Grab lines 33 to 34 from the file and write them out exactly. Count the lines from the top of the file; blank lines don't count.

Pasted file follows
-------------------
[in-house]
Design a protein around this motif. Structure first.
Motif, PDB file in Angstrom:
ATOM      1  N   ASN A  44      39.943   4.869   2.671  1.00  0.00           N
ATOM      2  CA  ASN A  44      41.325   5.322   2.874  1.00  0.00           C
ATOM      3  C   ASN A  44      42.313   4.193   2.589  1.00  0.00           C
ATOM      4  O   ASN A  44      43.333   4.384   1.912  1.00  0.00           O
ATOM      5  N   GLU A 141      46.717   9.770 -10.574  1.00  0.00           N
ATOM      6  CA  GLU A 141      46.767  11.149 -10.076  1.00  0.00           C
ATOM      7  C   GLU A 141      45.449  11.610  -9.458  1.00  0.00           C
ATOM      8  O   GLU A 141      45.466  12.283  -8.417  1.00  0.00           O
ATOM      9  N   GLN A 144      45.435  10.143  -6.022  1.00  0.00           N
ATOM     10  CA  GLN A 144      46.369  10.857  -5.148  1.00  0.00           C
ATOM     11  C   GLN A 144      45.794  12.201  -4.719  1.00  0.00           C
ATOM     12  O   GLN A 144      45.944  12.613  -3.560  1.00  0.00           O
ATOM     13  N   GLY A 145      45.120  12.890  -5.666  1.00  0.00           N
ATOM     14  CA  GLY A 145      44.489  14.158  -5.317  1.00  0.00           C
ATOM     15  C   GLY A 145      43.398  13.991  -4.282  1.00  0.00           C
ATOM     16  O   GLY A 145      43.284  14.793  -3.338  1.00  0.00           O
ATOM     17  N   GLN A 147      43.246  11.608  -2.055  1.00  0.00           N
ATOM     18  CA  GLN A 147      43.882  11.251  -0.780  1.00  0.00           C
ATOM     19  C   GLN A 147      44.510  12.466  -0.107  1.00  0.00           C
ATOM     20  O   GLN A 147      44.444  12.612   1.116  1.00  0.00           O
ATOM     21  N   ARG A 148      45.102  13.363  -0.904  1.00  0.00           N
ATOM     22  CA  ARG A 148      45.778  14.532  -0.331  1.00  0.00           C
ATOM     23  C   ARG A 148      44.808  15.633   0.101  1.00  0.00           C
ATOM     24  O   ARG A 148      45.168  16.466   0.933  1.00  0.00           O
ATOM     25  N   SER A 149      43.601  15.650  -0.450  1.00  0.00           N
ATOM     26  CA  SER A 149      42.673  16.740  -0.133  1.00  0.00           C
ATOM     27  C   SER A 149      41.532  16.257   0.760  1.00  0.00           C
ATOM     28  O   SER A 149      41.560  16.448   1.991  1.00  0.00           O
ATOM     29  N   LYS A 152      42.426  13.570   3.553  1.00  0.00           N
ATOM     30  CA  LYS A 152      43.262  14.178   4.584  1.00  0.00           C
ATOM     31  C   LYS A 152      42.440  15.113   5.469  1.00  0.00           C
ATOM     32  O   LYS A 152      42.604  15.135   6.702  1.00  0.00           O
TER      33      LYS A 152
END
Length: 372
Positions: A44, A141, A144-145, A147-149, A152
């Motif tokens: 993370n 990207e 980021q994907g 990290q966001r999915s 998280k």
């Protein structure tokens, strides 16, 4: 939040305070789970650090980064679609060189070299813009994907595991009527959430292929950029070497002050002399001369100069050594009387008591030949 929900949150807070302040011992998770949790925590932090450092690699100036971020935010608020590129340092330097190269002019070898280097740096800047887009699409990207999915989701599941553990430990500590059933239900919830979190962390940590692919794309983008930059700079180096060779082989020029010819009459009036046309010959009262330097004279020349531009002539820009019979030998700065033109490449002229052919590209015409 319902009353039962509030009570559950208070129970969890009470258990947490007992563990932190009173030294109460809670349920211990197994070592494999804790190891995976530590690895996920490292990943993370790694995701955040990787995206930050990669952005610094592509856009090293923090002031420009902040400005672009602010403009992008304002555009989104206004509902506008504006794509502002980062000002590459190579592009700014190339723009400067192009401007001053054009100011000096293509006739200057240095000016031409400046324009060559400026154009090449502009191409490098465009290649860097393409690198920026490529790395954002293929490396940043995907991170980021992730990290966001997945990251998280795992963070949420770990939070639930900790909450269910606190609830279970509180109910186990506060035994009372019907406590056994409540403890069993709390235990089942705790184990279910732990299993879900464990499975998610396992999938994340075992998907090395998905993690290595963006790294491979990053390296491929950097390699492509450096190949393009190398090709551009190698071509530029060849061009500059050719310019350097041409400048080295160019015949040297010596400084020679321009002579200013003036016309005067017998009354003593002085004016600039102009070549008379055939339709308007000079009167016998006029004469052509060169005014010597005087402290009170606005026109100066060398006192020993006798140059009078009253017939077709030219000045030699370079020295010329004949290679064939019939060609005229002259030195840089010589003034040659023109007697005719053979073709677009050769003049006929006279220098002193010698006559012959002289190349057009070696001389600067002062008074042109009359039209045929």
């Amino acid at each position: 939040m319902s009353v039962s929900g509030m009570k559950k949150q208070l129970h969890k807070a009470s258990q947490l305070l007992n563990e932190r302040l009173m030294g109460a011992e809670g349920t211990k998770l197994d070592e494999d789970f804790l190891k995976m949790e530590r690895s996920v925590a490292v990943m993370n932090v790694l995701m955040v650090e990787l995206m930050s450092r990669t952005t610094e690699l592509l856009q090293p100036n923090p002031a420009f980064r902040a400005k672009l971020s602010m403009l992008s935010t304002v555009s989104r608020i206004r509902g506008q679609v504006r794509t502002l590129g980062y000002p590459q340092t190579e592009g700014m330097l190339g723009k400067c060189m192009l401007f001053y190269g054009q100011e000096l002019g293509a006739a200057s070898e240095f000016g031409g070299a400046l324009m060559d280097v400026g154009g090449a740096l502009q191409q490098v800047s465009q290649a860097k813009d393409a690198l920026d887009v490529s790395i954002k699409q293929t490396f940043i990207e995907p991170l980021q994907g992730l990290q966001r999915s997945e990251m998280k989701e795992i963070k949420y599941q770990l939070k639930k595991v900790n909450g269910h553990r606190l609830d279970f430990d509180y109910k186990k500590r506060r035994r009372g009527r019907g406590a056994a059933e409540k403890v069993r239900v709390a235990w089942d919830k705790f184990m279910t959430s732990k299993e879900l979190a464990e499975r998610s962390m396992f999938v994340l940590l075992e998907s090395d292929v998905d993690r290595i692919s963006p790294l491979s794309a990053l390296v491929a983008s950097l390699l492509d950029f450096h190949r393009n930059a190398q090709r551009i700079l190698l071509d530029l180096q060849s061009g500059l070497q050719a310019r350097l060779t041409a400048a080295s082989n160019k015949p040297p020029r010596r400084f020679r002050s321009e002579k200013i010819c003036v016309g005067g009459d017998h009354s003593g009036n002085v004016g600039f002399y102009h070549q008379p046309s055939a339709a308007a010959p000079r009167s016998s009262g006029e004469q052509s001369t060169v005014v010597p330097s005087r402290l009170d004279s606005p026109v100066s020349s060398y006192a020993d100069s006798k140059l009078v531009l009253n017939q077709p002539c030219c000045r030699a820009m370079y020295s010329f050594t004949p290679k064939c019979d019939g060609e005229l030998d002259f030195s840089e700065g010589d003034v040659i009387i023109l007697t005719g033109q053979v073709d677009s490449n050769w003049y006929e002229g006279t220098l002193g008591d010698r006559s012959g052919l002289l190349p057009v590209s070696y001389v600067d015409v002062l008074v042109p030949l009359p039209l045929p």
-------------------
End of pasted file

ATOM     30  CA  LYS A 152      43.262  14.178   4.584  1.00  0.00           C
ATOM     31  C   LYS A 152      42.440  15.113   5.469  1.00  0.00           C